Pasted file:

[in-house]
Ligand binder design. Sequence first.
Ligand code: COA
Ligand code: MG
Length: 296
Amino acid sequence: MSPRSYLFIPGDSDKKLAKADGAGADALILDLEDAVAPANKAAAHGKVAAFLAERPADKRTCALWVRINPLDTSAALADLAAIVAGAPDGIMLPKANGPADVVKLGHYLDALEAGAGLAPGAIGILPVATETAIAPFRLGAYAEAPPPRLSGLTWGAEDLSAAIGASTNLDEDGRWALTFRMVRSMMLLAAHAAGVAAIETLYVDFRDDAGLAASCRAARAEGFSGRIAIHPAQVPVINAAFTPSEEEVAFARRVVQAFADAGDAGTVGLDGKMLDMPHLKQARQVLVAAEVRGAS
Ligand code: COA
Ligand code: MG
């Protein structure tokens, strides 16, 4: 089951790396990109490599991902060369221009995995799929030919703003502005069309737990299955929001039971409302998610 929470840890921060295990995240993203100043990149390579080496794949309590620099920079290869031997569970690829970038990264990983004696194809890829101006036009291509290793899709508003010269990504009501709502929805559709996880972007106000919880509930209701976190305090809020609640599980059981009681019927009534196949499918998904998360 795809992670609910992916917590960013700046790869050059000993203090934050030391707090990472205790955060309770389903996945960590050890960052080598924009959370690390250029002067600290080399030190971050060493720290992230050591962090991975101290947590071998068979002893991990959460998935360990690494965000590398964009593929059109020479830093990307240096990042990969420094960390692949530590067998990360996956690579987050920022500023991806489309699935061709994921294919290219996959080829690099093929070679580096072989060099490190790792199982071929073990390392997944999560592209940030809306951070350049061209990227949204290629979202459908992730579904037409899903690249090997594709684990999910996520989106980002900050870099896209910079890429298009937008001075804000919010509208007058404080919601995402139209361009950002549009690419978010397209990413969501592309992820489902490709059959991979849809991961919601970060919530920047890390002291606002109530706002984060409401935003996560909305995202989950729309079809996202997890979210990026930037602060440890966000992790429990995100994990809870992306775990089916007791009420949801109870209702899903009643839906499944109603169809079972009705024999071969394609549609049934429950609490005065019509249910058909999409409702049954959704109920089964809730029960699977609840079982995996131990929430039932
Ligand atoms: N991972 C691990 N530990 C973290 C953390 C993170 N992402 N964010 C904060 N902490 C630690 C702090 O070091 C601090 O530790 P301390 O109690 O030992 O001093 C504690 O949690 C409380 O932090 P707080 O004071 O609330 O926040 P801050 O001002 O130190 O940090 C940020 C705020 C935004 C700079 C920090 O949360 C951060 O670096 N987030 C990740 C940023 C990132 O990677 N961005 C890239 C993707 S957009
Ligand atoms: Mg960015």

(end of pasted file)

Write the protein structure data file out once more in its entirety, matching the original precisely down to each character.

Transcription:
[in-house]
Ligand binder design. Sequence first.
Ligand code: COA
Ligand code: MG
Length: 296
Amino acid sequence: MSPRSYLFIPGDSDKKLAKADGAGADALILDLEDAVAPANKAAAHGKVAAFLAERPADKRTCALWVRINPLDTSAALADLAAIVAGAPDGIMLPKANGPADVVKLGHYLDALEAGAGLAPGAIGILPVATETAIAPFRLGAYAEAPPPRLSGLTWGAEDLSAAIGASTNLDEDGRWALTFRMVRSMMLLAAHAAGVAAIETLYVDFRDDAGLAASCRAARAEGFSGRIAIHPAQVPVINAAFTPSEEEVAFARRVVQAFADAGDAGTVGLDGKMLDMPHLKQARQVLVAAEVRGAS
Ligand code: COA
Ligand code: MG
């Protein structure tokens, strides 16, 4: 089951790396990109490599991902060369221009995995799929030919703003502005069309737990299955929001039971409302998610 929470840890921060295990995240993203100043990149390579080496794949309590620099920079290869031997569970690829970038990264990983004696194809890829101006036009291509290793899709508003010269990504009501709502929805559709996880972007106000919880509930209701976190305090809020609640599980059981009681019927009534196949499918998904998360 795809992670609910992916917590960013700046790869050059000993203090934050030391707090990472205790955060309770389903996945960590050890960052080598924009959370690390250029002067600290080399030190971050060493720290992230050591962090991975101290947590071998068979002893991990959460998935360990690494965000590398964009593929059109020479830093990307240096990042990969420094960390692949530590067998990360996956690579987050920022500023991806489309699935061709994921294919290219996959080829690099093929070679580096072989060099490190790792199982071929073990390392997944999560592209940030809306951070350049061209990227949204290629979202459908992730579904037409899903690249090997594709684990999910996520989106980002900050870099896209910079890429298009937008001075804000919010509208007058404080919601995402139209361009950002549009690419978010397209990413969501592309992820489902490709059959991979849809991961919601970060919530920047890390002291606002109530706002984060409401935003996560909305995202989950729309079809996202997890979210990026930037602060440890966000992790429990995100994990809870992306775990089916007791009420949801109870209702899903009643839906499944109603169809079972009705024999071969394609549609049934429950609490005065019509249910058909999409409702049954959704109920089964809730029960699977609840079982995996131990929430039932
Ligand atoms: N991972 C691990 N530990 C973290 C953390 C993170 N992402 N964010 C904060 N902490 C630690 C702090 O070091 C601090 O530790 P301390 O109690 O030992 O001093 C504690 O949690 C409380 O932090 P707080 O004071 O609330 O926040 P801050 O001002 O130190 O940090 C940020 C705020 C935004 C700079 C920090 O949360 C951060 O670096 N987030 C990740 C940023 C990132 O990677 N961005 C890239 C993707 S957009
Ligand atoms: Mg960015």